If you miss an exam unexpectedly and wish to have the absence considered excused, then you must meet with the me at the earliest opportunity possible after the absence, and provide documentation to support your claim that the absence should be considered excused. If the absence is excused, then I will substitute the average number of points of your other exams for the missed exam.

For unexcused absences from examinations you will unfortunately receive a score of zero points.

Academic Honesty / Misconduct and Collaboration

In this course, students are expected to uphold the Honor Code of Mississippi State University:

As a Mississippi State University student I will conduct myself with honor and integrity at all times. I will not lie, cheat, or steal, nor will I accept the actions of those who do.

Upon accepting admission to Mississippi State University, a student immediately assumes a commitment to uphold the Honor Code, to accept responsibility for learning, and to follow the philosophy and rules of the Honor Code.  Students will be required to state their commitment on examinations, research papers, and other academic work.  Ignorance of the rules does not exclude any member of the MSU community from the requirements or the processes of the Honor Code.

For additional information please visit:

Students are also expected to maintain the standards of academic honesty that are described in the Department of Computer Science and Engineering's Academic Honesty Policy.  These standards apply in their entirety to the midterm and the final exam.  However, in the real world people work in teams, and games will be developed collaboratively by teams of students.

As a professor at Mississippi State University, I am required to report all incidents of academic misconduct.

Additional Policies

Attendance and Audits: Attendance is required in this class.  As discussed above, attendance my influence a student's grade through Instructor Feedback on game design assignments. In addition, I will take roll, and I will list absences on midterm and final grade reports. Students who miss class are still responsible for the material covered and for any assignments distributed.  Students who are auditing the course must attend at least 75% of the class meetings in order to receive a passing grade.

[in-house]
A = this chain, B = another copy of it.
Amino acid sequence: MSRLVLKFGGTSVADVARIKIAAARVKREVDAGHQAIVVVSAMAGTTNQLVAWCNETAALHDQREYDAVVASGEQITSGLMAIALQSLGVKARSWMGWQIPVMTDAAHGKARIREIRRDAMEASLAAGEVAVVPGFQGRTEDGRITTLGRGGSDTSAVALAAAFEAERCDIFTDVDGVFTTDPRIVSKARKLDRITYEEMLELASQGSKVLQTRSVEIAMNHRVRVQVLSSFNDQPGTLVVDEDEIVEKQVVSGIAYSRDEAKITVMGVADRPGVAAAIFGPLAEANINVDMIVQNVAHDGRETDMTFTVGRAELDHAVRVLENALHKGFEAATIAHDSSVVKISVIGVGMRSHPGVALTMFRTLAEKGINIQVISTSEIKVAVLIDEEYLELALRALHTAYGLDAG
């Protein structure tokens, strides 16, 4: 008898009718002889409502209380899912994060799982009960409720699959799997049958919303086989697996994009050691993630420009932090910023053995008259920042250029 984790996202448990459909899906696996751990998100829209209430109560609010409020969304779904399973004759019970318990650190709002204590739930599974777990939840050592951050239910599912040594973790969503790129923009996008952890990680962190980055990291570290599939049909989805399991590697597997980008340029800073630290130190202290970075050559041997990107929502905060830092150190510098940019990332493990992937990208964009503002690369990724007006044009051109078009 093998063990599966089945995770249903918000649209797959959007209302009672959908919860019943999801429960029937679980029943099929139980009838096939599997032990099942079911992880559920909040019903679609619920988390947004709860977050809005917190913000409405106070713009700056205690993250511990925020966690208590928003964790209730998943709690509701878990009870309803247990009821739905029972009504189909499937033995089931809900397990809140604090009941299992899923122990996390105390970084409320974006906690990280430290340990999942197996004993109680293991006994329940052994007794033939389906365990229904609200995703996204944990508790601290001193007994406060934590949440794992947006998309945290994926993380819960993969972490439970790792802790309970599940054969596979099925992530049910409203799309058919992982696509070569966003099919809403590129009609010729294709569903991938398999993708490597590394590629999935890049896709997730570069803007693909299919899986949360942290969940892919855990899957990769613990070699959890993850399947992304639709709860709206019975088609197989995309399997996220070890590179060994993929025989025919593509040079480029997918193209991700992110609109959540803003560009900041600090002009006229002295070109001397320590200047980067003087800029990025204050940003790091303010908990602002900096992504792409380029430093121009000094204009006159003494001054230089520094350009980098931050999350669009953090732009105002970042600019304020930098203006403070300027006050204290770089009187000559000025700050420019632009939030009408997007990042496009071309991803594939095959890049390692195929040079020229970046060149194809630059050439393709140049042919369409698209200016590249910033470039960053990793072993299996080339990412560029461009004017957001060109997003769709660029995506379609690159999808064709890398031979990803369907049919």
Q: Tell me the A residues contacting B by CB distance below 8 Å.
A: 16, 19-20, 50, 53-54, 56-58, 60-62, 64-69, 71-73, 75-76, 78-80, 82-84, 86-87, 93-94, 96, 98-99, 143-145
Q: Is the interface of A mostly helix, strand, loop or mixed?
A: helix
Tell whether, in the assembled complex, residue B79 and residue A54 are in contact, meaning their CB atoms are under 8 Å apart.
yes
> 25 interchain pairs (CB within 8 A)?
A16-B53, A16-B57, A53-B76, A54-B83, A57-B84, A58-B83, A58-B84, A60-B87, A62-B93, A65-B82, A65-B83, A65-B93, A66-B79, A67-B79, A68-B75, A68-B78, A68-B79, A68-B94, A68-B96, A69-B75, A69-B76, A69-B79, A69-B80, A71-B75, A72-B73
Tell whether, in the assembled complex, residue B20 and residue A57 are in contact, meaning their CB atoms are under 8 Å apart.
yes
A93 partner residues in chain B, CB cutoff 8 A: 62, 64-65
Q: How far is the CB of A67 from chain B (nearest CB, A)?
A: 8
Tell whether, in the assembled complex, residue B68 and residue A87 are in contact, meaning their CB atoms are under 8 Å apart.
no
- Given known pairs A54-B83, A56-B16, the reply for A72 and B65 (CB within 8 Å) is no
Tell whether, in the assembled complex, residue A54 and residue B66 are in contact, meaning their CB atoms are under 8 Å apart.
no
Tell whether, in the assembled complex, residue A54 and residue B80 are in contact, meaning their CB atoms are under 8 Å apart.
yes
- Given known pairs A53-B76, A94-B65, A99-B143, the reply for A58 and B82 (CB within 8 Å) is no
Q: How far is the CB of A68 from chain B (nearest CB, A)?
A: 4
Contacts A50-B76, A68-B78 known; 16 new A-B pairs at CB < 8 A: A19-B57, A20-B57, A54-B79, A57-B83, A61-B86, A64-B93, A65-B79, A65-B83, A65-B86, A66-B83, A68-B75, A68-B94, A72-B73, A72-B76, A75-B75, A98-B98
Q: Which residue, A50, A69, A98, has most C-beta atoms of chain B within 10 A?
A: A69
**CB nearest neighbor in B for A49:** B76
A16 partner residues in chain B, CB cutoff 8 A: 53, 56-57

Personal Electronic Devices: Students must respect their fellow students and not disrupt class. Therefore, cell phones, pagers, other such alarms, or personal conversations which disturb the lecture are not allowed.  Students with personal laptops are encouraged to bring them to class; however, laptops are not required for this course.

Grade of Incomplete (I): Following MSU policy, incomplete grades will only be given in extreme circumstances, such as illness, death in a student's immediate family, or similar circumstances beyond a student's control.

No Food or Drinks in Class: It is the CSE department's policy that you can't eat or dink in Butler hall classrooms.

Drop / Add Policy: This class follows Mississippi State University's Official Drop/Add Policy:

Add/drop without penalty: A student has through the fifth class day into the semester to add a course and through the tenth class day to drop a course without being assessed a fee or academic penalty.

Drop after the tenth class day through the 30th class day into the semester: A student who elects to drop a course during this period must receive the approval of his/her advisor, will be assigned a W on his/her academic record, and be assessed a fee. The advisor who permits the drop will specify its effective date.

Drop after the 30th class day into the semester: A student cannot drop courses after this period except in documented cases of serious illness, extreme hardship, or failure of the instructor to provide significant assessment of his/her performance. A request to drop a course during this period must be approved by the student's advisor and academic dean. The dean who permits the drop will specify its effective date. A student receiving permission to drop will receive a W on his/her academic record and be assessed a fee.

Faculty are expected to provide a student with significant evidence or assessment of his/her class performance within the first six weeks.

Last modified: January 10, 2008